The Corporate Utopian Dream

28 November 1999

The WTO and the Global War System was organized by American and Canadian peace groups as part of civil society activities surrounding the Ministerial Meeting of the World Trade Organization in Seattle in November, 1999.

The forum examined the links between economic globalization, the WTO and militarism. It looked at how the WTO's promotion of economic globalization undermines security, creates conflict and promotes militarism.

There were four speakers at the forum. Susan George opened the forum by discussing how the current economic system is creating economic and social strife around the world. Mark Ritchie then discussed the history of the Bretton Woods institutions and their original purpose to promote peace. Alice Slater discussed how nuclear weapons are defending American corporate interests, and how the US Space Command envisions the militarization of space to defend American "interests and investments". And Steven Staples closed the afternoon by discussing how the WTO promotes war economies by protecting military spending and the arms industry. He also offered case studies showing how corporations have been able to use WTO rules and dispute panels to block peace-building economic strategies of peace activists.

The World Trade Organization (WTO) is one of the instruments of globalization and globalization is clearly led by corporations. Transnational corporations are gaining enormous power in the world today, but they can't make the rules by themselves: they need to have instruments to make those rules for them. One of the instruments they use is the International Monetary Fund (IMF). The IMF has pried open the markets of the indebted countries in the South and in the East and has forced those countries to "liberate" their capital accounts so that capital can flow in and out at will, has forced them to concentrate on export crops, has forced them to privatize everything in sight and leave everything open to international investment.

Now the biggest rule-writer the corporations have is the WTO. The WTO is really writing a constitution to facilitate the affairs of transnational corporations and allow them to globalize as they see fit, in a world that will be organized of, by, and for corporations. It's the corporations' utopian dream.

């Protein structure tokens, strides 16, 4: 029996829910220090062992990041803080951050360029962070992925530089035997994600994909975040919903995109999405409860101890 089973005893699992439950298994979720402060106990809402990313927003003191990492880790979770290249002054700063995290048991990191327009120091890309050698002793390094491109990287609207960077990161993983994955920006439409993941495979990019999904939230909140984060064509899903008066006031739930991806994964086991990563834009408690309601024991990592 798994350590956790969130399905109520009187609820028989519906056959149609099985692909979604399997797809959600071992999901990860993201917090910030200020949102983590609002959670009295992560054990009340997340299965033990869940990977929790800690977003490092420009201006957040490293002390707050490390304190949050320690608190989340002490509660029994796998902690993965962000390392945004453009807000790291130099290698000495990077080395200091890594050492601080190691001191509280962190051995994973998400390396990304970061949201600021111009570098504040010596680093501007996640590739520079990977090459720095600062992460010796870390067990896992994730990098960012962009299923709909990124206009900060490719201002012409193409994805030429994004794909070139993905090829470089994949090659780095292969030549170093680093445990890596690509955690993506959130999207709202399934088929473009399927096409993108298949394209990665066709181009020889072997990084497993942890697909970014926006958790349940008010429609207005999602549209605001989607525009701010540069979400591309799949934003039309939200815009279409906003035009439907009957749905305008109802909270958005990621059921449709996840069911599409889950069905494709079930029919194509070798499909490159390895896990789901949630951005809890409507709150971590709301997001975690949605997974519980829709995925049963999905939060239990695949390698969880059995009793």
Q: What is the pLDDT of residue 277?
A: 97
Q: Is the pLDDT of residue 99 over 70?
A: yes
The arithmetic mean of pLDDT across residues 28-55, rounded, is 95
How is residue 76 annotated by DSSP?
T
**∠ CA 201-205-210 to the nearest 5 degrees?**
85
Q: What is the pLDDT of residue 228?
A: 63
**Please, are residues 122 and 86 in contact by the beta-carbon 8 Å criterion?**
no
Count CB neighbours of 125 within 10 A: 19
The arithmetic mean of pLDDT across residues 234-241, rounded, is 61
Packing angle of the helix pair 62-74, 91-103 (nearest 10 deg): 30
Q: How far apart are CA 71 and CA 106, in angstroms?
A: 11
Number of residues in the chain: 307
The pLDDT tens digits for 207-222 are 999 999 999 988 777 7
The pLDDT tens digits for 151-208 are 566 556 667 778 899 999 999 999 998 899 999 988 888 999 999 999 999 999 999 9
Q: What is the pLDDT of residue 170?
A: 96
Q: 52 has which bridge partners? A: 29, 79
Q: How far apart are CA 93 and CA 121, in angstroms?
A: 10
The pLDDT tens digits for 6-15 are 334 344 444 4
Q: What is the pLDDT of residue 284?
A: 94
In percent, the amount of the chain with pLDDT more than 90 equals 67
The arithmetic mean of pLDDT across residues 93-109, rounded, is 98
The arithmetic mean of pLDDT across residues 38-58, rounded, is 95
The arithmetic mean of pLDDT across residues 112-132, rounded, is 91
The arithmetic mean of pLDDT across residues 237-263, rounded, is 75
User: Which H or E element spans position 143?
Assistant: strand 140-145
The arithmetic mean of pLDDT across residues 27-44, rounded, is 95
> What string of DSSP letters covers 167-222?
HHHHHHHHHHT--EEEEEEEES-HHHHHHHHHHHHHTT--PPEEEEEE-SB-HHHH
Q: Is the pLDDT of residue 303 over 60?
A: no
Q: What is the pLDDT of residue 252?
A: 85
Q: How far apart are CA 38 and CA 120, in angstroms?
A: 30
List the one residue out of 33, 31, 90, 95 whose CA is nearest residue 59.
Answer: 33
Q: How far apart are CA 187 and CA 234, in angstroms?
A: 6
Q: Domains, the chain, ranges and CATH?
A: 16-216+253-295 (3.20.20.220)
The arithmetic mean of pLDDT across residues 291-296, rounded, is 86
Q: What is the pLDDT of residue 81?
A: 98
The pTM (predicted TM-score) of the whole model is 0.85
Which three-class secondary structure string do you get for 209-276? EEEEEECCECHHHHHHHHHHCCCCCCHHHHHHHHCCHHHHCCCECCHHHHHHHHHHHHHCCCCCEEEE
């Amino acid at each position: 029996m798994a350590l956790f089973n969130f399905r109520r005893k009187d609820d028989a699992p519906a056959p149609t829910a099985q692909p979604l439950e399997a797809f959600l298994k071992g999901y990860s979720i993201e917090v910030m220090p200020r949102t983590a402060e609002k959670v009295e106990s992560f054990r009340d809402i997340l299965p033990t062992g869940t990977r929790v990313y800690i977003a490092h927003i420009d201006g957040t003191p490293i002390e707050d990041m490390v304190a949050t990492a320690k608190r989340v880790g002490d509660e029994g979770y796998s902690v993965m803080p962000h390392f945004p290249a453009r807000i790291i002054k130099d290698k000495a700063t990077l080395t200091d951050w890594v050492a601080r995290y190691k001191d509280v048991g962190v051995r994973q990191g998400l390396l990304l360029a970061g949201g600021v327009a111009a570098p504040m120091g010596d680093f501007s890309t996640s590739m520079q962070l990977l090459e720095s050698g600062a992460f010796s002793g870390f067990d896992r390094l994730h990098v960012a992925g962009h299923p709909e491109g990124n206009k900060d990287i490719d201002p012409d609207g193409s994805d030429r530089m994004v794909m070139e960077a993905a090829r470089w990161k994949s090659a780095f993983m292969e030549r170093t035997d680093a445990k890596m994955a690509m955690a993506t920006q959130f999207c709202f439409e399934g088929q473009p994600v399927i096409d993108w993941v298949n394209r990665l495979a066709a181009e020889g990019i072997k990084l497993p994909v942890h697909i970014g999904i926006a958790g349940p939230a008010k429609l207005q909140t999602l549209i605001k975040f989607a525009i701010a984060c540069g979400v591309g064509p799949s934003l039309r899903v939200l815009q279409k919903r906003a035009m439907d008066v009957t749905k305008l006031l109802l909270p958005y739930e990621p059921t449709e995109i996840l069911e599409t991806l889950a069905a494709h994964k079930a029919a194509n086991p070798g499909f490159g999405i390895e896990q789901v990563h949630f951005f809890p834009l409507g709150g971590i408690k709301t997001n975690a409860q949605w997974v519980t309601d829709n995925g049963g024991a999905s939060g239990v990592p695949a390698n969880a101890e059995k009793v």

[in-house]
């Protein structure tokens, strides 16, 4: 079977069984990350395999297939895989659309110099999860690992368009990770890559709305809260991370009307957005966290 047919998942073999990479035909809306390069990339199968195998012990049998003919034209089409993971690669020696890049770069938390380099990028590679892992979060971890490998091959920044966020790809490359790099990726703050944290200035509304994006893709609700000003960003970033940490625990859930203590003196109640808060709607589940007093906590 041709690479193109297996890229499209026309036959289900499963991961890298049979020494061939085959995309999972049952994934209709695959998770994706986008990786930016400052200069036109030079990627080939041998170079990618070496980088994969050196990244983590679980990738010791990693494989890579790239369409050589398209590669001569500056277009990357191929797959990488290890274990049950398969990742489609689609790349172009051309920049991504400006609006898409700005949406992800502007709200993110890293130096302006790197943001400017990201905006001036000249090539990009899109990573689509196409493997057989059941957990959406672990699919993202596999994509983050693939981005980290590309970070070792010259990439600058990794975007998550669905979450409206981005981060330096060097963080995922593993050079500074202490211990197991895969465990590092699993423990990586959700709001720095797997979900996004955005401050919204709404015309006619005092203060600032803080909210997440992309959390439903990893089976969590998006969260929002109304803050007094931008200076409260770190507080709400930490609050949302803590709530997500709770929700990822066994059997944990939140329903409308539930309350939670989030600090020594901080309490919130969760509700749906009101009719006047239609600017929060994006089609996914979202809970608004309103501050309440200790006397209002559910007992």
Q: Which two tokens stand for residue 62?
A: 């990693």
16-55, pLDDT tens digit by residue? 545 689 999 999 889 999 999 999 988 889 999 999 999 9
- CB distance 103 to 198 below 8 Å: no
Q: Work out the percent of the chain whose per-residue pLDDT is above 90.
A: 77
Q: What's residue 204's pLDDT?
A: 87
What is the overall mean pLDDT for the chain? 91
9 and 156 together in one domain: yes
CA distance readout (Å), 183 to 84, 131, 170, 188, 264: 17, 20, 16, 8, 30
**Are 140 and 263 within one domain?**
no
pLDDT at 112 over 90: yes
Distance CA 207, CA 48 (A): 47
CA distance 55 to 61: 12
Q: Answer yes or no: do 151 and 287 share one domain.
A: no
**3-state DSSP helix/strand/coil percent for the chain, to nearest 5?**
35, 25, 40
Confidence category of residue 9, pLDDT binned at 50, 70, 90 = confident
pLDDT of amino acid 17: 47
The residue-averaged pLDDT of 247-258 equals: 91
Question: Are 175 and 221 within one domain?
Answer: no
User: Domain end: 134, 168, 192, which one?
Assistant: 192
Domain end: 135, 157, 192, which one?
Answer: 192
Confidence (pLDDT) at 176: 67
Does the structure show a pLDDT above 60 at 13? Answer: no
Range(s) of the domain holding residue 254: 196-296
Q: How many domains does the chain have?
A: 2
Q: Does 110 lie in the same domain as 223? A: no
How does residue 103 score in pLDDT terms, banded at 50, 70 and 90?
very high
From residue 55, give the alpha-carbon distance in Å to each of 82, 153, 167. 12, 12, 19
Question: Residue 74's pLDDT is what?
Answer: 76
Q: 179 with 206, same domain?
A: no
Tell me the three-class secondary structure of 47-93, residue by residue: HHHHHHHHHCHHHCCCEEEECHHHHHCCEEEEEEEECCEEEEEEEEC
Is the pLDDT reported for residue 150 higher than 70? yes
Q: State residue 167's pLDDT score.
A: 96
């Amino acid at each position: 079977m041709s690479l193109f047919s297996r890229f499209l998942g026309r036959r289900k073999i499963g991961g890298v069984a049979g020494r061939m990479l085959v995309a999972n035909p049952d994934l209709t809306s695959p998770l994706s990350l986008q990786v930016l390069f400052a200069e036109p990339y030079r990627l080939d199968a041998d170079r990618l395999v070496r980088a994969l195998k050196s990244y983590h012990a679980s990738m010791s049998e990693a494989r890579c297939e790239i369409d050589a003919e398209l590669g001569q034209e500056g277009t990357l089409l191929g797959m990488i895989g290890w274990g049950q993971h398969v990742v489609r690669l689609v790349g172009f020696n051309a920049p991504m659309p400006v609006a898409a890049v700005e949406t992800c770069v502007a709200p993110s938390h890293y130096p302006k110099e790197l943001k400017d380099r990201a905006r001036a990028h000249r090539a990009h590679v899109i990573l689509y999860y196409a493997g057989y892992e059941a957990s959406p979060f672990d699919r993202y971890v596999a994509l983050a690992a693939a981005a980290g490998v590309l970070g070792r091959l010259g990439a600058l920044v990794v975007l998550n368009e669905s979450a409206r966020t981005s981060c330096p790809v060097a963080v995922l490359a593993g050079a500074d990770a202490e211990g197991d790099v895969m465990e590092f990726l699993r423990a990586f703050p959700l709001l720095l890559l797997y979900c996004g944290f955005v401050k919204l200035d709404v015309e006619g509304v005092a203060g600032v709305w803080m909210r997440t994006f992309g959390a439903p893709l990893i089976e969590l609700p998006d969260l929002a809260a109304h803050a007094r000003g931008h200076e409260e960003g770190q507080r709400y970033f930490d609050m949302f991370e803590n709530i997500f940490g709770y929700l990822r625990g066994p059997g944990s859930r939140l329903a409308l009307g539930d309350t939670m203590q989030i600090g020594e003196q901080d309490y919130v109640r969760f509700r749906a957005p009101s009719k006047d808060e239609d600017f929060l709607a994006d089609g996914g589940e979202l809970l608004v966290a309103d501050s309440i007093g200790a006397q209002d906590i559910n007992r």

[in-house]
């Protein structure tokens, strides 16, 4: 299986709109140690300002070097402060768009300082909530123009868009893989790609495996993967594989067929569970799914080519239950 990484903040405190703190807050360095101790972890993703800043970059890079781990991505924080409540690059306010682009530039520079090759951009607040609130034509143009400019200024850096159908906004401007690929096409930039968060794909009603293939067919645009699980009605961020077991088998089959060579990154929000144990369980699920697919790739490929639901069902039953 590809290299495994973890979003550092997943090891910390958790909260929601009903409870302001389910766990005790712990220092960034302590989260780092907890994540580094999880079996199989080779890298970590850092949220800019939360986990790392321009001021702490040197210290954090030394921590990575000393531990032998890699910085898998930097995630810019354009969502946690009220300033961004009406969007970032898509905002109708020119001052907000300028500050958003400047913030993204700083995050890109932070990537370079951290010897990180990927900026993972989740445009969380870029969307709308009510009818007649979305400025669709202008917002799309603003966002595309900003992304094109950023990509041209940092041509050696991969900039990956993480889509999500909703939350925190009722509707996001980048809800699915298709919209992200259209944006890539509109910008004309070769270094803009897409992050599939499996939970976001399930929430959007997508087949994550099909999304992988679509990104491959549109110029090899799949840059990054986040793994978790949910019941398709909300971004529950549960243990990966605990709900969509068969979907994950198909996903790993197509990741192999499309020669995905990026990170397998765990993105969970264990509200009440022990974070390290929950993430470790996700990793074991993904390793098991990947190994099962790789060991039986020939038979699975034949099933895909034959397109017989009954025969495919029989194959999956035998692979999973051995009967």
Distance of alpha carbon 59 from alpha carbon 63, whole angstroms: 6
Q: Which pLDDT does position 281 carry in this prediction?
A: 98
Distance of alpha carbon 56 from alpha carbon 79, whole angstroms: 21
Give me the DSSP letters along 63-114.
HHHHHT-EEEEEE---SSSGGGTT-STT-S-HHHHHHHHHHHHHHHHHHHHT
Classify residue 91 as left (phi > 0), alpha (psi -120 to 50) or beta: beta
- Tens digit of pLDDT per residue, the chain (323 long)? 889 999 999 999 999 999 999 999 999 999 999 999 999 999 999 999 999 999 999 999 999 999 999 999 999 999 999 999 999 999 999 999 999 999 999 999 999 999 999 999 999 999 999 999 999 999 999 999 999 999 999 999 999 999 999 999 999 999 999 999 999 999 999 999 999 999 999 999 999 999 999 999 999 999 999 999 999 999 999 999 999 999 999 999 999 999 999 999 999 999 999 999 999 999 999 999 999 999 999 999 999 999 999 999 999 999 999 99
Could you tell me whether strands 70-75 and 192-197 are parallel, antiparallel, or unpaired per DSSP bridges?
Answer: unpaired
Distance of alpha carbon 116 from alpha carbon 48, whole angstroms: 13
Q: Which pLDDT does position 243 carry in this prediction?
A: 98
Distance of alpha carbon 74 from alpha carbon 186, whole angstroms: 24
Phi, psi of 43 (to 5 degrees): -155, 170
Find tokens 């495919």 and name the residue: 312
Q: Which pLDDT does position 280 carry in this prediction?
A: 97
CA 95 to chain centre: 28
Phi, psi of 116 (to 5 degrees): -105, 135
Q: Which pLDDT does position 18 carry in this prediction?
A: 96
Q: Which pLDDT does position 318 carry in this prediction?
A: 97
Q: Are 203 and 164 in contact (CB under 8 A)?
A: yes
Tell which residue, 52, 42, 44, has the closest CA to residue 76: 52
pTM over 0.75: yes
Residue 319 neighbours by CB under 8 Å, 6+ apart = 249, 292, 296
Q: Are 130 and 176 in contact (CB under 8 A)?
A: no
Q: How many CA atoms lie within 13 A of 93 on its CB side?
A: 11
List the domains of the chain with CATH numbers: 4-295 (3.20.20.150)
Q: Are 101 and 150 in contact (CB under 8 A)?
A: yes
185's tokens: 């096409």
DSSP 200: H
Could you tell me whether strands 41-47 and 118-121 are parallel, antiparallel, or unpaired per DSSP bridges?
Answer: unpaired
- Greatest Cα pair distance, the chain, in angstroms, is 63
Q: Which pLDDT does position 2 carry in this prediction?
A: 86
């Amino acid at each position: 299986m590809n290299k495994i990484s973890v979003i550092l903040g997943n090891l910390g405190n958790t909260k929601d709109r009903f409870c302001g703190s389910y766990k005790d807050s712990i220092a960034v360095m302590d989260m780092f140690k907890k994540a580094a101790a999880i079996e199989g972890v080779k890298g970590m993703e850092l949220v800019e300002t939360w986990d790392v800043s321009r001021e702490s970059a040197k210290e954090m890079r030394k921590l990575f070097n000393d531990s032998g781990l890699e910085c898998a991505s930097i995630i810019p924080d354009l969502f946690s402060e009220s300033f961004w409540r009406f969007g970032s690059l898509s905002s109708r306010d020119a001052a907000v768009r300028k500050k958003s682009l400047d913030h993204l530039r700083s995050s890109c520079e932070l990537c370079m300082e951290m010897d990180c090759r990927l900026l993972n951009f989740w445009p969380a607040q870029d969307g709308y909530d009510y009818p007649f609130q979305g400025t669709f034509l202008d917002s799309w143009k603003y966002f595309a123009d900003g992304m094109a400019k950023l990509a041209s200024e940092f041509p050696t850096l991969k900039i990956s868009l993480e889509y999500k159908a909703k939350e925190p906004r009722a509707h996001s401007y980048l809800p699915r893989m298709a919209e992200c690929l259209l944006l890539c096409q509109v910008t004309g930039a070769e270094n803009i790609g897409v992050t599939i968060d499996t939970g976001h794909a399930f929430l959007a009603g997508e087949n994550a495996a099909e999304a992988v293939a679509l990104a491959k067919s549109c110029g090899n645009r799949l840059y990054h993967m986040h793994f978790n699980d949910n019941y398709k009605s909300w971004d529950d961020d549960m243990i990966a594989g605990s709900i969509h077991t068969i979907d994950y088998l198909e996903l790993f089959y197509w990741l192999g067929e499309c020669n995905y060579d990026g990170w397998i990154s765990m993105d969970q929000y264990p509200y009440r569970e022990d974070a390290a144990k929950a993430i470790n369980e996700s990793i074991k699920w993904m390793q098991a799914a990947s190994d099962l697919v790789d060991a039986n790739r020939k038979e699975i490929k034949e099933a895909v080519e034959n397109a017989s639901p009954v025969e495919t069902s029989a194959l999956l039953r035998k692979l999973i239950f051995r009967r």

Globalization itself does three things. One, it pushes money from the bottom to the top. Wealth moves upwards, towards those who already have wealth. All over the place inequalities are growing and wealth is moving towards the top. Two, globalization moves power from the bottom to the top, and concentrates it in the hands of very few people. In particular, it concentrates it at the international level where there's no democracy and no way for citizens to get a handle on what is happening. Three, globalization is creating a myriad of losers. It is creating a slice of people who are not useful to the global economy either as producers or consumers. We're creating through globalization a three-track society in which there will be the exploiters, the exploited and the outcasts, the people who are not even worth exploiting. This is clearly a scenario for tremendous instability.

Between 1990 and the end of 1996 there were ninety-eight major wars - over-whelmingly civil wars, not inter-country ones - and the Peace Research Institute in Oslo has found that these conflicts share the following characteristics. One, they take place chiefly in poor countries where agriculture is still the main contributor to the GDP. Two, the environmental factors most frequently associated with civil conflict are land degradation, low fresh water availability per capita and high population density, in that order. Three, a particularly strong correlation exists between high external debt and the incidence of civil war. Four, falling export income from primary commodities is closely associated with the outbreak of civil war. Five, a history of vigorous IMF intervention is also positively linked with all forms of political and armed conflict.